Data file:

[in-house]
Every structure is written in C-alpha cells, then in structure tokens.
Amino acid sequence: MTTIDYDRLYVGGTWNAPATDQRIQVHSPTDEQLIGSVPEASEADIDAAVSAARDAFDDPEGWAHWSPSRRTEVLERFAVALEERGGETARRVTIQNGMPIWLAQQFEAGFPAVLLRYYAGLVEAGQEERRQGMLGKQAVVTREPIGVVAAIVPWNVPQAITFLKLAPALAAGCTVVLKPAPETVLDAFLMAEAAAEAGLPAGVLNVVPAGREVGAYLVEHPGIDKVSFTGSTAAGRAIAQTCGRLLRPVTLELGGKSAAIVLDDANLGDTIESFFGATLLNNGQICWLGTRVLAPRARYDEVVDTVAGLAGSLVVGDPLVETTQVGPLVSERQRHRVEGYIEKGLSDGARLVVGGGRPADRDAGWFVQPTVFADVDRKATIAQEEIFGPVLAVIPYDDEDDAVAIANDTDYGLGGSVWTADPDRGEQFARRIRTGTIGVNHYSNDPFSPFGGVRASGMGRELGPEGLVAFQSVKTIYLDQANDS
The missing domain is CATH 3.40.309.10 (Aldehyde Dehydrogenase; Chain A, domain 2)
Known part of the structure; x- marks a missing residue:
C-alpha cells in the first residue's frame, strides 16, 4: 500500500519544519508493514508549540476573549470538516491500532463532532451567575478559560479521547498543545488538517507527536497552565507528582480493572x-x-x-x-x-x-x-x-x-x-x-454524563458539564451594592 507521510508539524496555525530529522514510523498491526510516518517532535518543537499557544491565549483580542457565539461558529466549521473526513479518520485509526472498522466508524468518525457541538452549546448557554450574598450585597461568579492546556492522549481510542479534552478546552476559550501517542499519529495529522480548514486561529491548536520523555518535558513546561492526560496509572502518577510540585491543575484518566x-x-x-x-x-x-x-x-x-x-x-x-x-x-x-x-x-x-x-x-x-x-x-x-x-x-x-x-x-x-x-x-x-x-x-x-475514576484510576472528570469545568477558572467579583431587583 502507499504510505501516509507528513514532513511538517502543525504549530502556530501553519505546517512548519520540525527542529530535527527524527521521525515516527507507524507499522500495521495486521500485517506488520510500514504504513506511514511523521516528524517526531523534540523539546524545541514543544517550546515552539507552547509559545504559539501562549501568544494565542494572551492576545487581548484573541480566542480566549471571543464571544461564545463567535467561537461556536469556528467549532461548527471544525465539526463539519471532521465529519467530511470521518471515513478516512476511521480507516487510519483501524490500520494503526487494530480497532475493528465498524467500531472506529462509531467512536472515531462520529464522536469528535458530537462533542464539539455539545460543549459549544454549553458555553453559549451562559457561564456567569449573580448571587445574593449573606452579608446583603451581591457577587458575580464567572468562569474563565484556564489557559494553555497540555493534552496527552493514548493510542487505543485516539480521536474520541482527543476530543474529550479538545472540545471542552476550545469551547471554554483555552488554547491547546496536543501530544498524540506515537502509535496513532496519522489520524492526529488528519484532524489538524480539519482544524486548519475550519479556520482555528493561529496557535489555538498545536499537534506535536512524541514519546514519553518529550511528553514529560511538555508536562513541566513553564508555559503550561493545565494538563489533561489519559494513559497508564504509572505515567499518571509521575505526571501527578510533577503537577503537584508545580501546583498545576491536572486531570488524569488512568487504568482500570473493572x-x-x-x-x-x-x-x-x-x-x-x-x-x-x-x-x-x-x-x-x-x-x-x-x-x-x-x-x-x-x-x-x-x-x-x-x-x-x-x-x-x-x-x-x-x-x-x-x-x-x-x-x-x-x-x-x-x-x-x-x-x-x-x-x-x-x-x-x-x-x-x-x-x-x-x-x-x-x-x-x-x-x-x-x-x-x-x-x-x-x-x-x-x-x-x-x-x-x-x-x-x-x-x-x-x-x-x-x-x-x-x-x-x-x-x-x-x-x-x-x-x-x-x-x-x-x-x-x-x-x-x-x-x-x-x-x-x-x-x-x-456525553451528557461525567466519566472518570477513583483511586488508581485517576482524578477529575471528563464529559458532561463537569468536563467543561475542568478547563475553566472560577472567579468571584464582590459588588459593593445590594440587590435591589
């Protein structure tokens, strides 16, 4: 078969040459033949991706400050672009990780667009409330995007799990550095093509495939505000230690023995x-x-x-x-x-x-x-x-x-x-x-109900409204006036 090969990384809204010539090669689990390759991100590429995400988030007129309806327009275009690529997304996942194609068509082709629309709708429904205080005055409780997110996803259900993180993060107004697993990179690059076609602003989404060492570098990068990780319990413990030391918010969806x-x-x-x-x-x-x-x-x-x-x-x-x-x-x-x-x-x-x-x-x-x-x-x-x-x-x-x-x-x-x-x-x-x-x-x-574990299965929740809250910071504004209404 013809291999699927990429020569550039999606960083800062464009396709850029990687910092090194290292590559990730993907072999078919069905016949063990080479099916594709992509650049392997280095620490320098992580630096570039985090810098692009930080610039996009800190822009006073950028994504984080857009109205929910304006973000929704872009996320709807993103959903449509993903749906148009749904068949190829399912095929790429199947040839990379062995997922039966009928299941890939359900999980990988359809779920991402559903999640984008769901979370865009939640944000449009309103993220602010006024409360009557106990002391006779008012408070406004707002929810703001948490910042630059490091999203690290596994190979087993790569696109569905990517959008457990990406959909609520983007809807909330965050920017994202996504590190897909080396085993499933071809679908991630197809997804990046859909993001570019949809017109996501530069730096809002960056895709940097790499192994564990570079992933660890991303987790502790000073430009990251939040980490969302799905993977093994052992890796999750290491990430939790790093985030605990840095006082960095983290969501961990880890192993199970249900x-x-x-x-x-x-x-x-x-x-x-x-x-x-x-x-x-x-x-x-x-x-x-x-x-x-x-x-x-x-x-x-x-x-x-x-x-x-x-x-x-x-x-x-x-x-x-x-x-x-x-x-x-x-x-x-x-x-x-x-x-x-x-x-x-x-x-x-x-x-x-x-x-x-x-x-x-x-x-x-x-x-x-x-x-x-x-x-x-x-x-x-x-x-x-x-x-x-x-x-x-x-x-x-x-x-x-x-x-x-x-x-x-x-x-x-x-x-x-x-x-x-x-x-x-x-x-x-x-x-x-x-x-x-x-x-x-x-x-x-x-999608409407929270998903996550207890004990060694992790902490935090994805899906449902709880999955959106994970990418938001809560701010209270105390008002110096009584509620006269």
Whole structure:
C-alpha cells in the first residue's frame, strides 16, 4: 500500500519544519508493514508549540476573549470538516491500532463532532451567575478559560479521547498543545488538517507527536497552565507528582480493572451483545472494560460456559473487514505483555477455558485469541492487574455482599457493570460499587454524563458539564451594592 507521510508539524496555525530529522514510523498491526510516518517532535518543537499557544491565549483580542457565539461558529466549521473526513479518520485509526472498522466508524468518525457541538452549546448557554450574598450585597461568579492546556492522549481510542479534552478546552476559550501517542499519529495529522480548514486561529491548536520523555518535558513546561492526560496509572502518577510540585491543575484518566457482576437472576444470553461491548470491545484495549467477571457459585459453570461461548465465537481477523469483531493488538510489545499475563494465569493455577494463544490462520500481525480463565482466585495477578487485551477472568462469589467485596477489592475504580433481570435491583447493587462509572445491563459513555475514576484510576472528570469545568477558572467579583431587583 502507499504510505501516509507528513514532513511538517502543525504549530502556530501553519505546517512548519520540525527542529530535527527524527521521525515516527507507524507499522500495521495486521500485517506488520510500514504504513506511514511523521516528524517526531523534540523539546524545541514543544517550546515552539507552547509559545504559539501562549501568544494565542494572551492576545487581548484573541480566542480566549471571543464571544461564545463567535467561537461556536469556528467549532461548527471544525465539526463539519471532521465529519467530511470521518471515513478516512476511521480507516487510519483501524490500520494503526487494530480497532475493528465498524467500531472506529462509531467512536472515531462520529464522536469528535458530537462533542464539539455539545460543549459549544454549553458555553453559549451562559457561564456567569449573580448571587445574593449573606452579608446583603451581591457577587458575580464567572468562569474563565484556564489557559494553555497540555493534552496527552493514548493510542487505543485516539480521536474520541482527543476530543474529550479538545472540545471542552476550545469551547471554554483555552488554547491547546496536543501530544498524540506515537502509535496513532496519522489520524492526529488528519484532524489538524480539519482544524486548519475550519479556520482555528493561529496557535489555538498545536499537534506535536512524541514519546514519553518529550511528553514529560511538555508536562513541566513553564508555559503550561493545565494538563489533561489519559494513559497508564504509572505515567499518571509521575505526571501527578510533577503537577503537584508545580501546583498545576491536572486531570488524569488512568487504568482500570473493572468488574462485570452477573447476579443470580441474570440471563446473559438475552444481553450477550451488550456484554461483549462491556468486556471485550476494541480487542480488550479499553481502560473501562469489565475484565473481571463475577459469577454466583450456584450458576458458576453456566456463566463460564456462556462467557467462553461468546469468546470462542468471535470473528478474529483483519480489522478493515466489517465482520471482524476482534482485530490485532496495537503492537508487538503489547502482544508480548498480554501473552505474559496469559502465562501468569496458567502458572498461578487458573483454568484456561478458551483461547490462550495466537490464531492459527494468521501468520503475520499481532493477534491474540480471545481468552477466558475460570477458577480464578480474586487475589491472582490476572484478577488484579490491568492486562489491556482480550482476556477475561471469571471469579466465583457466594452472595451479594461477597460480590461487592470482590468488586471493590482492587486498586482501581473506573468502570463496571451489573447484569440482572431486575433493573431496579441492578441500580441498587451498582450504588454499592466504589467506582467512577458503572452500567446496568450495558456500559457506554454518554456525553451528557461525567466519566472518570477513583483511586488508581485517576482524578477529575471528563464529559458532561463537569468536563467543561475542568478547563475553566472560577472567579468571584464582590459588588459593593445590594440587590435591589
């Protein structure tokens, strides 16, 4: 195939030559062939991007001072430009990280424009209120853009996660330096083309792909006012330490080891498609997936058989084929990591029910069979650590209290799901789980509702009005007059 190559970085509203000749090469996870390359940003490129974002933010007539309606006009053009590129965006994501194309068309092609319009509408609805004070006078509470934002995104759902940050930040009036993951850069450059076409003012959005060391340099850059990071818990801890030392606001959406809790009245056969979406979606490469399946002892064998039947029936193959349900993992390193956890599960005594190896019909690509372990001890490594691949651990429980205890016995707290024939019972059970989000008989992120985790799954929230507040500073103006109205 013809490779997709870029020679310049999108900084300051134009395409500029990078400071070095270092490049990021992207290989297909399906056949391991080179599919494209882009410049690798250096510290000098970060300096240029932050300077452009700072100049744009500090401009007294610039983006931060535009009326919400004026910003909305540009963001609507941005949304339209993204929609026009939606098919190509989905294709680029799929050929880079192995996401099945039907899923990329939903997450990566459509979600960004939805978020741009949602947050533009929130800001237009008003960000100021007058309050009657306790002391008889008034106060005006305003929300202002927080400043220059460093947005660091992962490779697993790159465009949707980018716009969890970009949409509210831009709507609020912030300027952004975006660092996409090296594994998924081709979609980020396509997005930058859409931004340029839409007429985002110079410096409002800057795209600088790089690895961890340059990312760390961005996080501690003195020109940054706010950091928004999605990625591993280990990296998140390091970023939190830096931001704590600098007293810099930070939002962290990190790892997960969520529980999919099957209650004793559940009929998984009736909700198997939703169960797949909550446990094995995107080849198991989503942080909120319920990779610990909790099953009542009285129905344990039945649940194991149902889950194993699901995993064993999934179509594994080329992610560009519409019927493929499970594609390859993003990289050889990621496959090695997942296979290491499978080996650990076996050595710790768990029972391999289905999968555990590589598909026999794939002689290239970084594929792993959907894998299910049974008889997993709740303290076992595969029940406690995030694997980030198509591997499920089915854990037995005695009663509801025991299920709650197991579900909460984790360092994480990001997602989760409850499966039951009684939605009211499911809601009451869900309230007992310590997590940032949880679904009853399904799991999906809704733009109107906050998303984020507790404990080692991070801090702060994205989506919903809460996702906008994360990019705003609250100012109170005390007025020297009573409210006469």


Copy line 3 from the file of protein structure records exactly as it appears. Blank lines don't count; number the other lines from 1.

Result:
Amino acid sequence: MTTIDYDRLYVGGTWNAPATDQRIQVHSPTDEQLIGSVPEASEADIDAAVSAARDAFDDPEGWAHWSPSRRTEVLERFAVALEERGGETARRVTIQNGMPIWLAQQFEAGFPAVLLRYYAGLVEAGQEERRQGMLGKQAVVTREPIGVVAAIVPWNVPQAITFLKLAPALAAGCTVVLKPAPETVLDAFLMAEAAAEAGLPAGVLNVVPAGREVGAYLVEHPGIDKVSFTGSTAAGRAIAQTCGRLLRPVTLELGGKSAAIVLDDANLGDTIESFFGATLLNNGQICWLGTRVLAPRARYDEVVDTVAGLAGSLVVGDPLVETTQVGPLVSERQRHRVEGYIEKGLSDGARLVVGGGRPADRDAGWFVQPTVFADVDRKATIAQEEIFGPVLAVIPYDDEDDAVAIANDTDYGLGGSVWTADPDRGEQFARRIRTGTIGVNHYSNDPFSPFGGVRASGMGRELGPEGLVAFQSVKTIYLDQANDS